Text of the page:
Indianapolis—The Indiana Historical Society (IHS) announced today that it has accepted a seven-year contract from property owners William and Laura Weaver to occupy and manage Twin Oaks, the former Indianapolis home of philanthropist Ruth Lilly. The IHS will utilize the house and surrounding gardens as a center for hospitality and membership events.
The house was built by Lyman S. Ayres II in 1941. Ayres sold the property to J. K. Lilly Jr. in 1963, and Ruth Lilly took up residence in 1987 and lived there until her death in 2009. The Weavers purchased Ms. Lilly’s estate in January 2011 in part to preserve the entire 22 acres from sub-division. At the time of purchase, the Weavers did not have plans for the 17-room house where Ruth Lilly spent the last years of her life. The Weavers and the IHS began discussions of how the use of the residence would need to be sensitive to both the historic nature of the house and its location in a residential neighborhood.
The Weavers will continue to maintain the 22-acre property and will use the woods, lawns and the “Hobby House” of J. K. Lilly Jr., Ruth Lilly’s father. They have already updated and refreshed the interior of the house in preparation for the start of the arrangement with IHS. IHS President and CEO John Herbst said several IHS members have already stepped forward to fully fund the re-furnishing of the house and have already received donations of furniture and carpets that are very appropriate for the period of the house.
“Laura and I are very glad the Society will be able to use the Lilly house, with its connection to two great Indiana entrepreneurial families, to strengthen its mission of broadening appreciation of Indiana’s rich history,” said Mr. Weaver, who is COO of Weaver Popcorn Co. “The Society’s participation helps us exceed our more limited initial plans for simply preserving a beautiful piece of Indianapolis by growing the numbers of people who will use and appreciate it. We couldn’t be happier with John and the IHS’s plans.”
The IHS plans to utilize the entire first floor for its activities and use the second-floor guest rooms for overnight stays for of out-of-town trustees, guest lecturers and consultants. The IHS intends to exhibit more than 30 works of art by some noted Indiana artists, including T.C. Steele and Frank V. Dudley, and several contemporary artists will loan paintings for display as well. Also, as part of the contract, Herbst will live at Twin Oaks and serve as resident curator of the house and surrounding gardens.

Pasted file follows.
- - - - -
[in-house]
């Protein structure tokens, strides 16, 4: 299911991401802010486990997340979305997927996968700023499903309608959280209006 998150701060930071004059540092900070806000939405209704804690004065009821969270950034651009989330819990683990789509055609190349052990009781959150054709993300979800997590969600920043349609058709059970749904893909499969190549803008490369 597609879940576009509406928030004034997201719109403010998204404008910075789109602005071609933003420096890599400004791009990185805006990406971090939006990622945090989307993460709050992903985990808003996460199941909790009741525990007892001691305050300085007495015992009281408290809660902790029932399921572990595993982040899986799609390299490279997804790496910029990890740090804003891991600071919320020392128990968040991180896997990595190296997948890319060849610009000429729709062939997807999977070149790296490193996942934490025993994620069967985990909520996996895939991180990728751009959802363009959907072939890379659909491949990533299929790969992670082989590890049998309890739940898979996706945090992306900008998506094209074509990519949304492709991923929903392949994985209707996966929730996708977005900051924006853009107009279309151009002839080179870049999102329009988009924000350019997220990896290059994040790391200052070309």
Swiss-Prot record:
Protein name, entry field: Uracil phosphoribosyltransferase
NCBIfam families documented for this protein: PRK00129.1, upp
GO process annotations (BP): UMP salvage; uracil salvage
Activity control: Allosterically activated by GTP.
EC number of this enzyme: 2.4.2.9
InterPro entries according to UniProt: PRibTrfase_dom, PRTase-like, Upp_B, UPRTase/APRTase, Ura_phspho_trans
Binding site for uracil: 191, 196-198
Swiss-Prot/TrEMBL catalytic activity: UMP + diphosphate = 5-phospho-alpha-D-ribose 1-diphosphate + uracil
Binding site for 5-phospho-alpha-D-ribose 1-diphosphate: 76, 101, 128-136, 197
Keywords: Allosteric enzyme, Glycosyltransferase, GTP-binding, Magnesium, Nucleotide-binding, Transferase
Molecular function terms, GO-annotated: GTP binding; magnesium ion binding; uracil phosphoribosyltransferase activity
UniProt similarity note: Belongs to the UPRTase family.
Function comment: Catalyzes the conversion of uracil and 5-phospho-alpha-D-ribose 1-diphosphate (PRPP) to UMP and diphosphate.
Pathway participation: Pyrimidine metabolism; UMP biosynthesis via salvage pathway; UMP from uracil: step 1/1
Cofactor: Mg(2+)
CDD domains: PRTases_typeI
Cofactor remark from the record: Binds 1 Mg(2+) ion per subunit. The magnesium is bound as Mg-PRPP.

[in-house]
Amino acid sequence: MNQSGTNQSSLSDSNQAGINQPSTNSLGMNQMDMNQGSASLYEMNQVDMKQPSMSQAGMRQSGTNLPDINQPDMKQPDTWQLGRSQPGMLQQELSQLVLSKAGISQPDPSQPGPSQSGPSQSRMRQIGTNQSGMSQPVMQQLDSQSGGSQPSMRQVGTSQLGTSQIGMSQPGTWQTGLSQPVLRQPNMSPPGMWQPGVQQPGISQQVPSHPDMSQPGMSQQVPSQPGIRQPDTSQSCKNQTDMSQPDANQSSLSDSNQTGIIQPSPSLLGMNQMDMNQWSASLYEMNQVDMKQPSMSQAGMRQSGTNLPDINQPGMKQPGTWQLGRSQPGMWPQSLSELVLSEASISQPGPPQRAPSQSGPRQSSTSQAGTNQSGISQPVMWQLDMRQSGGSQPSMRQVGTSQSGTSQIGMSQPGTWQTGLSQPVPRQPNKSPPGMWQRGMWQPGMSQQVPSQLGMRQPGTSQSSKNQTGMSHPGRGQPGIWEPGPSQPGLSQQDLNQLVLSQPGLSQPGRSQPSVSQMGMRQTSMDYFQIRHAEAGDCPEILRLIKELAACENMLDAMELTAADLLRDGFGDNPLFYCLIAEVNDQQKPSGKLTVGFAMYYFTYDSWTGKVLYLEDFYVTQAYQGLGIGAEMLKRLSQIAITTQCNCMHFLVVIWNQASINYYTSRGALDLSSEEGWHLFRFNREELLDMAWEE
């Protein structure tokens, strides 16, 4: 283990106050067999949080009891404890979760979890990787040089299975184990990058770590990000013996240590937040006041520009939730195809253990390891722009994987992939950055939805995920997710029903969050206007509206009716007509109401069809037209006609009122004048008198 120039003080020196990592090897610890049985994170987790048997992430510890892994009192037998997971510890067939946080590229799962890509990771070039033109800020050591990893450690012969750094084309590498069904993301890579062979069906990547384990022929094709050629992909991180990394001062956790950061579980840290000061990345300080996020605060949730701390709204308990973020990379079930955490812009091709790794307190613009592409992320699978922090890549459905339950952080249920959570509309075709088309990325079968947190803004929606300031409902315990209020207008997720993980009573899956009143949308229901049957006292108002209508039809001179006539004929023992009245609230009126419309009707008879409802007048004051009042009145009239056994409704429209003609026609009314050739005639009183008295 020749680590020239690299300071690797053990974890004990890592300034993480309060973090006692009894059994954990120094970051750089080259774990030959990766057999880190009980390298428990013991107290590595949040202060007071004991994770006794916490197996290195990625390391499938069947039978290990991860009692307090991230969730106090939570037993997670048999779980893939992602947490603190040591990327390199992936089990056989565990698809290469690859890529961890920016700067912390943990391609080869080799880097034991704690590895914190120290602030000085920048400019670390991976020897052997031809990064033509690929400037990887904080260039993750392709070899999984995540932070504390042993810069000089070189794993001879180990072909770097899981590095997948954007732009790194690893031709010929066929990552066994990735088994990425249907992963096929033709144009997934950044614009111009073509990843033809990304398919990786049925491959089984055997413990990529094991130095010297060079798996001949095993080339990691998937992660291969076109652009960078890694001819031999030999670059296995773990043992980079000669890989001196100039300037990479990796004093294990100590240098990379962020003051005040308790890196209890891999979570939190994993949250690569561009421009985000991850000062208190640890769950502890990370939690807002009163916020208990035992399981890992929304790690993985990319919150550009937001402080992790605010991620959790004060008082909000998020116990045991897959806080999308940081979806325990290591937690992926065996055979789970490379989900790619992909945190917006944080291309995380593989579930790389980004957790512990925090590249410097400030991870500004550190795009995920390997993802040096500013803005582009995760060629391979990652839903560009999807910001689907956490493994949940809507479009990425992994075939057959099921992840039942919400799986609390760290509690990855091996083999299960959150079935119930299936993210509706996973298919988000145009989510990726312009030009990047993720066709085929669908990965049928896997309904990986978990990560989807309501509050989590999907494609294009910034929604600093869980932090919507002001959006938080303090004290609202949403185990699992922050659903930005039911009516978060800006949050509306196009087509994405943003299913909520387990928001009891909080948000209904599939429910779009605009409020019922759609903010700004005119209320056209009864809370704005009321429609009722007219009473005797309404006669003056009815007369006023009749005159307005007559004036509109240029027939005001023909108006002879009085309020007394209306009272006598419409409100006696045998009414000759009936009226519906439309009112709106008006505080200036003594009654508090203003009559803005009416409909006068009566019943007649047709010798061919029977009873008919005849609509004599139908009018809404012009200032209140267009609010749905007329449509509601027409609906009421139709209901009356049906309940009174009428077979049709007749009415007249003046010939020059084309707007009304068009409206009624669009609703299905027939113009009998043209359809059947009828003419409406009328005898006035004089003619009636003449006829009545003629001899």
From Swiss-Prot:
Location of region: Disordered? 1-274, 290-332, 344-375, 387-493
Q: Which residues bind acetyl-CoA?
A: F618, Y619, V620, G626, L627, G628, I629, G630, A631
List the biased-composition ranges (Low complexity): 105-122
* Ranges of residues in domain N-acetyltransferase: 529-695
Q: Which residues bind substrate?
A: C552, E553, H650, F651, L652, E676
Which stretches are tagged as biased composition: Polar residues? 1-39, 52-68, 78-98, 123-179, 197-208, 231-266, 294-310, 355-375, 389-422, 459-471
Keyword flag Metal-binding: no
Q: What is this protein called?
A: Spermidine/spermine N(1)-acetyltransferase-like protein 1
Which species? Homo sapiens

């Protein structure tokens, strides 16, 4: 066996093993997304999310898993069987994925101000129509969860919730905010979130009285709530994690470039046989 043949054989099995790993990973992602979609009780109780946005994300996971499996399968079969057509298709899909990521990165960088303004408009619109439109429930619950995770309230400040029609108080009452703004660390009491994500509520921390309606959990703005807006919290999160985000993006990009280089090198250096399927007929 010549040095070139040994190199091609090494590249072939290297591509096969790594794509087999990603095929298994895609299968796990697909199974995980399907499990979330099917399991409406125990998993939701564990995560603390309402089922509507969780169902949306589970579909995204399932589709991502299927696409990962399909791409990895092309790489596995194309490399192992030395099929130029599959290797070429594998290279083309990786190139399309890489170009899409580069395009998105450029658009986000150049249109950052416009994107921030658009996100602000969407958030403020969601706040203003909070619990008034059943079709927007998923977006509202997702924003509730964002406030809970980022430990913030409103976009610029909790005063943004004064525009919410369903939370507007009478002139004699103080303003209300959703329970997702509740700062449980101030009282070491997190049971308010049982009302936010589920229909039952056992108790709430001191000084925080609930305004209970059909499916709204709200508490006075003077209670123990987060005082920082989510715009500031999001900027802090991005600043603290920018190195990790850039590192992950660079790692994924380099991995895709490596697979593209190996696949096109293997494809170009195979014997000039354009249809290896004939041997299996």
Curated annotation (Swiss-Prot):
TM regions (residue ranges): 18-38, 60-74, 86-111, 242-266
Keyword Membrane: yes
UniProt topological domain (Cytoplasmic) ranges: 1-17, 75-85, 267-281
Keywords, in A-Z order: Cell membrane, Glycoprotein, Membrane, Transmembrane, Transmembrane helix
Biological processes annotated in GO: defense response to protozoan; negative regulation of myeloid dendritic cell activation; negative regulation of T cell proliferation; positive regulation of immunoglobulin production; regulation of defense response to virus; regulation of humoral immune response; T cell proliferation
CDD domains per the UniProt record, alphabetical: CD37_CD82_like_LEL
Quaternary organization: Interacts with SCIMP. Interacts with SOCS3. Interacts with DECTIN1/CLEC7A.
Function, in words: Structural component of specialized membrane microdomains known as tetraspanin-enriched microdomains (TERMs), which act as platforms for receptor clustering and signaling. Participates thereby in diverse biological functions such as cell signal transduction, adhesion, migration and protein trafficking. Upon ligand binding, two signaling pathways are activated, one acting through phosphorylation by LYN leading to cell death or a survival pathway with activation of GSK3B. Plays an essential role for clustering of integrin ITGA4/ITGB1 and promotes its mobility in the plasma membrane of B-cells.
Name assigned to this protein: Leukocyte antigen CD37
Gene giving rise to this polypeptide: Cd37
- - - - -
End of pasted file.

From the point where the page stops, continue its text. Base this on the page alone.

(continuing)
This use plan mirrors arrangements of other cultural and educational organizations in the area. Nearby, the former home of Eli Lilly is used by Indiana University’s president, and the Indianapolis Museum of Art utilizes the Clowes family home as a residence for its director.
“We are very grateful to the Weavers for their generosity and allowing the IHS to utilize Twin Oaks,” said Thomas G. Hoback, chair of the IHS Board of Trustees. “We are very excited about the opportunities to welcome our members and supporters to this lovely home through John’s hospitality. Our mission is to share Indiana’s history, and we have new ways to do this at Twin Oaks.”
Herbst has always done extensive amounts of entertaining on behalf of the IHS in his restored Victorian home and garden, which he has developed and cultivated there since moving to downtown Indianapolis in 1998.
“We have quite outgrown the capacity and the logistics of my 1890 Victorian floor plan, and I am looking forward to making Twin Oaks a warm and vibrant home again with a beautiful garden to share with the IHS family of supporters,” Herbst said.
About the Indiana Historical Society
A private, nonprofit membership organization of more than 6,000 households, the Indiana Historical Society has been collecting, preserving, interpreting and sharing the state’s history since 1830 and serves more than 300,000 people annually. IHS maintains the nation’s premier research library and archives on the history of Indiana and the Old Northwest and presents a unique set of visitor exhibitions called the Indiana Experience. IHS also provides support and assistance to local museums and historical groups; publishes books and periodicals; sponsors teacher workshops; and provides youth, adult and family programming. The Eugene and Marilyn Glick Indiana History Center, home of the IHS and the Indiana Experience, is located at 450 W. Ohio St. in downtown Indianapolis.
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